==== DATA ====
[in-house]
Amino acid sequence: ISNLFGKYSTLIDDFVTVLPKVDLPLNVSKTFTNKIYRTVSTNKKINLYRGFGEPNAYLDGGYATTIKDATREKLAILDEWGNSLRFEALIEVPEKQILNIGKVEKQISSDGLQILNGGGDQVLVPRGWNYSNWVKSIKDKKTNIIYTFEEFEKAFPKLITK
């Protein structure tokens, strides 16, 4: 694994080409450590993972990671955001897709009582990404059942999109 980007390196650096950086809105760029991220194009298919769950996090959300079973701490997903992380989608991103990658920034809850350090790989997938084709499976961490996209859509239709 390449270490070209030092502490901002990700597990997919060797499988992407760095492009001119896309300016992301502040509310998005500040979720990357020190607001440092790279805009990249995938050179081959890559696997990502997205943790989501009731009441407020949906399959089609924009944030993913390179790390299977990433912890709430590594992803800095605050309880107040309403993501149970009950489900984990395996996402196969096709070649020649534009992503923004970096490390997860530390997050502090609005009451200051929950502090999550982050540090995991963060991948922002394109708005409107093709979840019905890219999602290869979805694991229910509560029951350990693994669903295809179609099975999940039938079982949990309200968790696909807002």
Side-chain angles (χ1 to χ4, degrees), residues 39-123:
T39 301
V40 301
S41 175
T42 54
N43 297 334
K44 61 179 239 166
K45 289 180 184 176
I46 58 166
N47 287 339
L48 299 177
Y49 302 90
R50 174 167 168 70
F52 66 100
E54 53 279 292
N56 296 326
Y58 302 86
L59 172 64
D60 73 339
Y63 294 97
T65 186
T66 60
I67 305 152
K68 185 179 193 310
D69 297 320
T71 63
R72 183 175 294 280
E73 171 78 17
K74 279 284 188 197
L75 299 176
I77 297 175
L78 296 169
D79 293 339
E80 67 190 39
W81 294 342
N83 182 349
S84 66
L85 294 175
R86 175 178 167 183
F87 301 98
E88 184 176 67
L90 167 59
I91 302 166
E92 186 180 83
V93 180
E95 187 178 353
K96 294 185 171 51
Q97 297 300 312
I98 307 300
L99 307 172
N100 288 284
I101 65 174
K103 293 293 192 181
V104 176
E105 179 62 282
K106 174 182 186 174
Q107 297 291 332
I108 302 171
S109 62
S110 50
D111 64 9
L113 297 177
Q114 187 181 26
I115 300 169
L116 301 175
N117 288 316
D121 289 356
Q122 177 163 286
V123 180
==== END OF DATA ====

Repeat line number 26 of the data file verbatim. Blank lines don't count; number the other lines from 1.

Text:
I67 305 152